Rachel Klein is sacked from her job at the White House after she sends an email criticizing Donald Trump. As she is escorted off the premises she is hit by a speeding car, driven by what the press will discreetly call 'a personal friend of the President.' Does that explain the flowers, the get-well wishes at a press briefing, the hush money offered by a lawyer at her hospital bedside?
Elinor Lipman's latest novel, Rachel to the Rescue, might not stand the test of time, but for this particular time, it's hilarious ... partly grounded in reality (COVID-19), partly in fantasy (Melania dumps Donald) and entirely in hilarity (Trump's furious tweets about 'Mad Melania' are spot on) as Rachel, her roommates, her trying-not-to-be-busybodies busybody parents, and the guy who works at the wine store all try to figure out what she should do next. This is a great novel for a long and lazy summer afternoon. It feels so good to laugh.
An entertaining romp of a political satire ... As I read this novel full of quirky characters and spry dialogue, I found myself wishing Lipman could have left the news cycle behind. Flashes of politics occur only in the background of the novel, and the smattering of dire current events against the bubblegum fun of Rachel’s personal life creates an unfortunate dissonance. When Andrew Cuomo makes a cameo, I couldn’t help emitting a sympathetic oy vey for Lipman, who paints the New York governor in the flattering light that was common before his rapid fall from grace. While a story is a bond between a writer and her audience, the feather-light political references in this novel feel less like a connection and more like a head-on collision with the all-too-recent past and ongoing present ... Despite its White House-centric plot, Rachel to the Rescue revolves around one young woman navigating her way through a parade of spurned adults behaving badly. It’s the universal story of growing up and learning what matters and who deserves our attention. I have no doubt that readers who are hungry for heartwarming comedy and spicy D.C. gossip will find Lipman’s new novel absolutely delicious.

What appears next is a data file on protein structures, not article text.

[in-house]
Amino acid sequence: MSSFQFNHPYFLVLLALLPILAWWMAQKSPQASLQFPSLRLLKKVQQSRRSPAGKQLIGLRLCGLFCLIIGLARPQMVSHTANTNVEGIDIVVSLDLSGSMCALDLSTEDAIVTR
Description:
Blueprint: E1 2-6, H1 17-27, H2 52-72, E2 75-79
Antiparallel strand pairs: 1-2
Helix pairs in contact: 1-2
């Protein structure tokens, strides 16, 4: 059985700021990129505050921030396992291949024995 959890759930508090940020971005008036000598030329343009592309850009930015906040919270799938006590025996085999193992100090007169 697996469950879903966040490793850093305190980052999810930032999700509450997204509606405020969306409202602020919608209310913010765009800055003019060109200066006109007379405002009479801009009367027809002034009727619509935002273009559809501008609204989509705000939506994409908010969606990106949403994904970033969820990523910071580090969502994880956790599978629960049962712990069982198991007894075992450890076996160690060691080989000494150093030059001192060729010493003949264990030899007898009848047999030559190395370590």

... only you, dear reader, can judge whether you will be able to enjoy this possibly sociopathic book ... The highlight of this aspect of the book is Lipman’s portrayal of Melania Trump ... Some aspects of the book are pretty lame, most having to do with writer Kirby Champion, who is just too much of a goofball, but this probably won’t wreck the book for you if indeed you are ready for it. Aw, get over it, you’ll be thinking about this too early/too late controversy . . . which means that you probably are getting there yourself. As in, over it. What a nice feeling.